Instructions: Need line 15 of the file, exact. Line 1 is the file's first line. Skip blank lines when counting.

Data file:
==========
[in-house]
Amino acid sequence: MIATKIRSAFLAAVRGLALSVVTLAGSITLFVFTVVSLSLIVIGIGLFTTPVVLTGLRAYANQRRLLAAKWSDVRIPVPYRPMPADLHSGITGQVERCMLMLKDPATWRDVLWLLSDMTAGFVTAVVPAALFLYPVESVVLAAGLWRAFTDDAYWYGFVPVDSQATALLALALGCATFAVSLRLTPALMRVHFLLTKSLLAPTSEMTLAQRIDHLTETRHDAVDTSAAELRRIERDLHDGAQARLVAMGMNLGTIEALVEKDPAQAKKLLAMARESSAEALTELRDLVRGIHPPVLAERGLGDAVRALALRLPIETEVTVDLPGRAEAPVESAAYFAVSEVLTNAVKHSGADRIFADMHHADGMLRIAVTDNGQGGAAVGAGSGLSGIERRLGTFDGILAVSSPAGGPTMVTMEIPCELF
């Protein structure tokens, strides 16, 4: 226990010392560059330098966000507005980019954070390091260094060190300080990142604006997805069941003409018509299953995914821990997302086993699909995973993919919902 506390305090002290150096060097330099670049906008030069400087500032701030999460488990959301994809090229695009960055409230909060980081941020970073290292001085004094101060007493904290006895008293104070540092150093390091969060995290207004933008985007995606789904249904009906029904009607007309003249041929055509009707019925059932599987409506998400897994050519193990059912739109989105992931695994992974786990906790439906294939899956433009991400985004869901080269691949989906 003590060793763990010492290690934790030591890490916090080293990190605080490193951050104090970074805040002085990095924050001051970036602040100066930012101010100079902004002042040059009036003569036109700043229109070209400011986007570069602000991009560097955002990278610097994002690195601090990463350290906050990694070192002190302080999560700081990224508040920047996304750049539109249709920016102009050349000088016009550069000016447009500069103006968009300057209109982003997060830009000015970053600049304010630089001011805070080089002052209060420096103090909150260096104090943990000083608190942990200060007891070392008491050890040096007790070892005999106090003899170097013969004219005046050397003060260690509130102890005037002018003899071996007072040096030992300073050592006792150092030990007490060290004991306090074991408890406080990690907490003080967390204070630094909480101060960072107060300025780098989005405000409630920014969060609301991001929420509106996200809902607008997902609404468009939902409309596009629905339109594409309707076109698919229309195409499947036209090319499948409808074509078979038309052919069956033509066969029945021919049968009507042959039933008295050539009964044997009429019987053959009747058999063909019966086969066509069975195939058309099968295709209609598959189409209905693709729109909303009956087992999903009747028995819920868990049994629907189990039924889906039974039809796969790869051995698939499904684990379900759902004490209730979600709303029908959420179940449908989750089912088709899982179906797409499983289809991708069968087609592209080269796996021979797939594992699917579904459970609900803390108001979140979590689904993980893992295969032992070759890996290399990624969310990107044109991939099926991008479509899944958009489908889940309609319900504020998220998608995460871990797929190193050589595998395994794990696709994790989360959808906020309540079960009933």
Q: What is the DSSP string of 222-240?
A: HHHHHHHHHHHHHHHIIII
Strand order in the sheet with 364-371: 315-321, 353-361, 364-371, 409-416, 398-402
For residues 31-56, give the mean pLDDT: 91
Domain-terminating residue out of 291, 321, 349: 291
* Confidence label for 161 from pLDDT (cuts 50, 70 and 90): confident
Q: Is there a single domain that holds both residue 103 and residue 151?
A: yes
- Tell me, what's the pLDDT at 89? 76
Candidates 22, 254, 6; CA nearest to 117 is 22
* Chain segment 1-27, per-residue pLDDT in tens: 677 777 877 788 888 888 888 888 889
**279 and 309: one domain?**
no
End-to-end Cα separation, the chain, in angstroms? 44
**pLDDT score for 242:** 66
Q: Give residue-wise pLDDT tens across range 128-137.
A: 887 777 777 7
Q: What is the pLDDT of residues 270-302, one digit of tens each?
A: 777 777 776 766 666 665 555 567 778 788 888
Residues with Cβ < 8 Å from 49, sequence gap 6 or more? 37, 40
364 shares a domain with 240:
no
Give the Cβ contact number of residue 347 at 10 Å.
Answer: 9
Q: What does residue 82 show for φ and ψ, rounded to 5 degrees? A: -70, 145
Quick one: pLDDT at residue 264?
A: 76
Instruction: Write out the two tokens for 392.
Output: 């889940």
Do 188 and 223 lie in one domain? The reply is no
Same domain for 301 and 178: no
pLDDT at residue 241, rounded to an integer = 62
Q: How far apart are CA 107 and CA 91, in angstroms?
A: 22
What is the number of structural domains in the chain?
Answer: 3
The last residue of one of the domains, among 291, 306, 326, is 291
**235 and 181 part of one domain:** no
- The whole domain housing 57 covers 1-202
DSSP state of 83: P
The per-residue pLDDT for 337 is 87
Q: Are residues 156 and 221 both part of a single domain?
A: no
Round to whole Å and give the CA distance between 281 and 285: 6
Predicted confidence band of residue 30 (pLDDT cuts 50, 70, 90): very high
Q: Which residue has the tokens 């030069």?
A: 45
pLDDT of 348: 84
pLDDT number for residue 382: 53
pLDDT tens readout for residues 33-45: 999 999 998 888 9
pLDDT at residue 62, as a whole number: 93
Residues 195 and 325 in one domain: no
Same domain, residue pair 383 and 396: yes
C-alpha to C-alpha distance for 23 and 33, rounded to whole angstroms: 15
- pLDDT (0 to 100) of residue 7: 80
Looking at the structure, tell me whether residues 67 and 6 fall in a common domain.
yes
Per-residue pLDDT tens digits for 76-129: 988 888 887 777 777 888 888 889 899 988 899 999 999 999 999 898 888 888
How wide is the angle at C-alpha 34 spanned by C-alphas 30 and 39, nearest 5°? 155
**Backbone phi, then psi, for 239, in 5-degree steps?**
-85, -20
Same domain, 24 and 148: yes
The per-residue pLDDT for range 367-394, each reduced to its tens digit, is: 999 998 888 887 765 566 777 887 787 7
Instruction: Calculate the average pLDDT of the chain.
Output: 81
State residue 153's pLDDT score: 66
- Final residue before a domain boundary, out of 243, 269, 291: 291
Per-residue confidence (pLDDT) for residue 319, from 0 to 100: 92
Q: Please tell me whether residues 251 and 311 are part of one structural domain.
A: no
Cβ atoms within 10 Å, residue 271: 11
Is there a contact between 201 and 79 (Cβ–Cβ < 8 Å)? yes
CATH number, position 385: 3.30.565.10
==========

**279 and 309: one domain?**